Today is Monday, Feb. 13, the 44th day of 2012. There are 322 days left in the year.
On Feb. 13, 1861, Abraham Lincoln was officially declared winner of the 1860 presidential election as electors cast their ballots.
On this date:
In 1542, the fifth wife of England’s King Henry VIII, Catherine Howard, was executed for adultery.
In 1741, Andrew Bradford of Pennsylvania published the first American magazine. “The American Magazine, or A Monthly View of the Political State of the British Colonies” lasted three issues.
In 1914, the American Society of Composers, Authors and Publishers, known as ASCAP, was founded in New York.
In 1920, the League of Nations recognized the perpetual neutrality of Switzerland.
In 1935, a jury in Flemington, N.J. found Bruno Richard Hauptmann guilty of first-degree murder in the kidnap-slaying of the son of Charles and Anne Lindbergh. (Hauptmann was later executed.)
In 1945, during World War II, Allied planes began bombing the German city of Dresden. The Soviets captured Budapest, Hungary, from the Germans.
In 1960, France exploded its first atomic bomb in the Sahara Desert.
In 1961, the Metropolitan Museum of Art in New York announced that three statues in its collection, supposedly Etruscan terra cotta warriors, were, in fact, forgeries.
In 1972, the 11th Winter Olympics ended in Sapporo, Japan.
In 1980, the 13th Winter Olympics opened in Lake Placid, N.Y.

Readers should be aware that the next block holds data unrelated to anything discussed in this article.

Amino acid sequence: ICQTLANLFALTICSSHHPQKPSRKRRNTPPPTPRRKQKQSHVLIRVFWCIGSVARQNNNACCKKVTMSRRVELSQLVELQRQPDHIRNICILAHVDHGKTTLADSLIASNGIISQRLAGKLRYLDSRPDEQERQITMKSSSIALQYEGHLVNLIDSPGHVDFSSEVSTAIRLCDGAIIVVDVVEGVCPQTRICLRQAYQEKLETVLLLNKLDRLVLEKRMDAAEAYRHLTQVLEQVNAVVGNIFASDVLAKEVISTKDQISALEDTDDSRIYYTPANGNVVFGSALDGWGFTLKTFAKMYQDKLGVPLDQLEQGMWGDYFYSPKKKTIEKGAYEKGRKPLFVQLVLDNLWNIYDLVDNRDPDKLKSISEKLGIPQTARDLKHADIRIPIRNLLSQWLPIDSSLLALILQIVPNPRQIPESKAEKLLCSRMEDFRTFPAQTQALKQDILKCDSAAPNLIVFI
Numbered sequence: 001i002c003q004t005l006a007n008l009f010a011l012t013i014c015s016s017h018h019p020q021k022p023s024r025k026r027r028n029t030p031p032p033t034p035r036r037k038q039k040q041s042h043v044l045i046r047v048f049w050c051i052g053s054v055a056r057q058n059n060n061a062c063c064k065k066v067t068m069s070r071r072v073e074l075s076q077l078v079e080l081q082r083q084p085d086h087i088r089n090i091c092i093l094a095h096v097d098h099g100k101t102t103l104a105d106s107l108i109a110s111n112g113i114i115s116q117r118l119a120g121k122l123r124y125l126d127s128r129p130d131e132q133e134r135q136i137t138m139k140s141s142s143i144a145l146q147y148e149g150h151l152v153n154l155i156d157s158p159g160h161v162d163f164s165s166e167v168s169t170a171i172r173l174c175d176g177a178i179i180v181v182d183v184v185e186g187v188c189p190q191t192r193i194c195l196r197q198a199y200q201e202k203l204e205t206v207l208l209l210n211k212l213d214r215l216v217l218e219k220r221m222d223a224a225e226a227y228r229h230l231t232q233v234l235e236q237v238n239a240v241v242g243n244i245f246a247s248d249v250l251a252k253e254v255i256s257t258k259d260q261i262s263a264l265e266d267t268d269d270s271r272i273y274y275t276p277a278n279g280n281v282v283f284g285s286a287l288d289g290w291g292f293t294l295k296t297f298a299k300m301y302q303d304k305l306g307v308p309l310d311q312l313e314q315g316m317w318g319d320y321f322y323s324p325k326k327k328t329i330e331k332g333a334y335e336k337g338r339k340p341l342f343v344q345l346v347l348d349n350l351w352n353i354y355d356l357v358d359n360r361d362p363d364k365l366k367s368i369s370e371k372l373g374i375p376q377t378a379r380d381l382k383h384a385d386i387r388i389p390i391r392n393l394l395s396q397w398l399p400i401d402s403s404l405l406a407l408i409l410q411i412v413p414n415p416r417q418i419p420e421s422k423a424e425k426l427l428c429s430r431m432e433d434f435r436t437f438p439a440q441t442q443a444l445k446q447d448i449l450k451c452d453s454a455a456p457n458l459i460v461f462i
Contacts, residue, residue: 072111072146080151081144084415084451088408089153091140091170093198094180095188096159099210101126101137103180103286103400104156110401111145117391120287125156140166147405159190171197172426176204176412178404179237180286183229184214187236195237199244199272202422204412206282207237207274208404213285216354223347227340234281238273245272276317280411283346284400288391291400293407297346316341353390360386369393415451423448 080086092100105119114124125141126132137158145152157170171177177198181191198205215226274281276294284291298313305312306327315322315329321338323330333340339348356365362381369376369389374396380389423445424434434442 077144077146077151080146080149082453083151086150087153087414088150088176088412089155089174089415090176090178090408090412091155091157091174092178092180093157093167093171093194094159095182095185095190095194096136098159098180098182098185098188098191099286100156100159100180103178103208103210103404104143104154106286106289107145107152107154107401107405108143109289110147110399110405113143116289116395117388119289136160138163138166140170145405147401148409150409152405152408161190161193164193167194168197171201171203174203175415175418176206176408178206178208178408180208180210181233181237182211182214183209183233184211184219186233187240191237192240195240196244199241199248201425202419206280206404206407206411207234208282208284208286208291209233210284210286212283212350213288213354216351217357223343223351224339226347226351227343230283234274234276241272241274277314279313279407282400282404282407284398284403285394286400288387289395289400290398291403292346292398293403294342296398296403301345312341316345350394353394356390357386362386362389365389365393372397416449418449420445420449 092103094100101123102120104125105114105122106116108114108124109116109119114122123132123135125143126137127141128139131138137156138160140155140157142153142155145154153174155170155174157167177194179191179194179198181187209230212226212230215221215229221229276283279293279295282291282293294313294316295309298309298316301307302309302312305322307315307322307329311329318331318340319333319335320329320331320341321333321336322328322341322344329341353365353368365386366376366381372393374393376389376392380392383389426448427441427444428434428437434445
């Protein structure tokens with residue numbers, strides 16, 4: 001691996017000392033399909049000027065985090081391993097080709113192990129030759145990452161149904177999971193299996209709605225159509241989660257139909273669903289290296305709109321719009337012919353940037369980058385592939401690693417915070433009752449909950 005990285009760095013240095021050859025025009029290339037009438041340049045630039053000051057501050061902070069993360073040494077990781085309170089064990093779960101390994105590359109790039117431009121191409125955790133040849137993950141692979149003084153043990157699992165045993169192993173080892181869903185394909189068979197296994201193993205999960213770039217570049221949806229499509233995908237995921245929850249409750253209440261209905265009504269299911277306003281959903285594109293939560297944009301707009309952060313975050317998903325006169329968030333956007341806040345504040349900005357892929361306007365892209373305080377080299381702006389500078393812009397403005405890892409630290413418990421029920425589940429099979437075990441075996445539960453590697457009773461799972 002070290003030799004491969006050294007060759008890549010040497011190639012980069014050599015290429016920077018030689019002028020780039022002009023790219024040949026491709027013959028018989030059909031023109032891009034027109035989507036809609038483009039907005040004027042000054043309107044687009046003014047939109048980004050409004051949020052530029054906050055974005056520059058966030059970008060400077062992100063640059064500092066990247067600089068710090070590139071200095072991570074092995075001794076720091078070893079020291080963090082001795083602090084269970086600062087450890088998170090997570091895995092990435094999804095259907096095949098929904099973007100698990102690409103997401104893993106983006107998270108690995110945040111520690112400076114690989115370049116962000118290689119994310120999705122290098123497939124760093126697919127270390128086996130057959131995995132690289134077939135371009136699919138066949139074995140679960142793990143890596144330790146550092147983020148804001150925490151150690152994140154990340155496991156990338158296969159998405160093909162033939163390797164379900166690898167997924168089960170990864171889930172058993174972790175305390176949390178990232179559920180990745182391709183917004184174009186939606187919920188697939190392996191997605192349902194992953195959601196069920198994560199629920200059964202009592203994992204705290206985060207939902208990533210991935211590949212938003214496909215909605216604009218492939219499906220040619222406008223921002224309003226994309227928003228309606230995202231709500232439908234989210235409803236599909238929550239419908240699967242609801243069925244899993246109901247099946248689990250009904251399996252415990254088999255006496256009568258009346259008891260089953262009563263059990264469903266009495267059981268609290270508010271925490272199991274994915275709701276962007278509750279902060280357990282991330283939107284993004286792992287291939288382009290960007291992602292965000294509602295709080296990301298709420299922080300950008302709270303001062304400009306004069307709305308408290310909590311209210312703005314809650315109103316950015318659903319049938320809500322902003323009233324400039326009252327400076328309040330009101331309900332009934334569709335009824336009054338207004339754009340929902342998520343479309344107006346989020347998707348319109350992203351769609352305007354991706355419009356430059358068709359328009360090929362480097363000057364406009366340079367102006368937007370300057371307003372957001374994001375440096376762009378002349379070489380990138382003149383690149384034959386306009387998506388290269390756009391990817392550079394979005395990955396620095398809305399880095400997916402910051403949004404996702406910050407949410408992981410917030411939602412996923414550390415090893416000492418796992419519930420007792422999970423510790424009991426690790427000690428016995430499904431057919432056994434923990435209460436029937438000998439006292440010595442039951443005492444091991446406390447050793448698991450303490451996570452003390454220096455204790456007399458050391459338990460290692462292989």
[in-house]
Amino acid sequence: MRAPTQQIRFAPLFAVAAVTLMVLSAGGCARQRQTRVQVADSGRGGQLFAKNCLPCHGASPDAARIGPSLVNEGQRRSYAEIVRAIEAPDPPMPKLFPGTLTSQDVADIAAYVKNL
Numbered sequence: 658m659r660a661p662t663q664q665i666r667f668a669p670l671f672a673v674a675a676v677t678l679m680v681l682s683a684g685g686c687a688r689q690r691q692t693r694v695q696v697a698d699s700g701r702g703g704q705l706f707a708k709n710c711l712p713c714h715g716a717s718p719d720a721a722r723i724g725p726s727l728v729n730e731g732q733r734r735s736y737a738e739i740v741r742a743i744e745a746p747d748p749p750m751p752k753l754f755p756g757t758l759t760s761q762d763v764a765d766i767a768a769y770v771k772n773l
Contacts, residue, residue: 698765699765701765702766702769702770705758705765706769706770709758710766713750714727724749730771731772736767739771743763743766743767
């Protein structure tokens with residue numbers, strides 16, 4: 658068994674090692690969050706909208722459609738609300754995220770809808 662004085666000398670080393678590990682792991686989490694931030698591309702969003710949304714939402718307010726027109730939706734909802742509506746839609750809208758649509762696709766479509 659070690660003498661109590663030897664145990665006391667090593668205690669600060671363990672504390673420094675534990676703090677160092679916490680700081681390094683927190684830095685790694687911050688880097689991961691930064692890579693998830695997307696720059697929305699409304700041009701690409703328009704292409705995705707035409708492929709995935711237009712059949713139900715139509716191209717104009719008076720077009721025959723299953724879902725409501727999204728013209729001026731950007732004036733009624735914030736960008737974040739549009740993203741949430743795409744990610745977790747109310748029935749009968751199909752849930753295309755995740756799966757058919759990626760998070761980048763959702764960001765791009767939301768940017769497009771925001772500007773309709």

In 1988, the 15th winter Olympics opened in Calgary, Alberta, Canada.
In 1991, during Operation Desert Storm, allied warplanes destroyed an underground shelter in Baghdad that had been identified as a military command center; Iraqi officials said 500 civilians were killed.
Ten years ago: John Walker Lindh pleaded not guilty in federal court in Alexandria, Va., to conspiring to kill Americans and supporting the Taliban and terrorist organizations. (Lindh later pleaded guilty to lesser offenses and was sentenced to 20 years in prison.) Britain’s Queen Elizabeth II made former New York City Mayor Rudolph Giuliani an honorary knight. Country singer Waylon Jennings died in Chandler, Ariz., at age 64.
Five years ago: Former Massachusetts Gov. Mitt Romney officially entered the 2008 presidential race in Michigan, the place of his birth. With Democrats in control, House members debated Iraq in an emotional and historic faceoff over a war that Speaker Nancy Pelosi condemned as a commitment with “no end in sight.”
One year ago: Egypt’s military leaders dissolved parliament, suspended the constitution and promised elections in moves cautiously welcomed by protesters who’d helped topple President Hosni Mubarak. Lady Antebellum was the big winner at the Grammys with five awards, including record and song of the year for the band’s yearning crossover ballad “Need You Now,” but rockers Arcade Fire won the biggest prize, album of the year, for their highly acclaimed “The Suburbs.”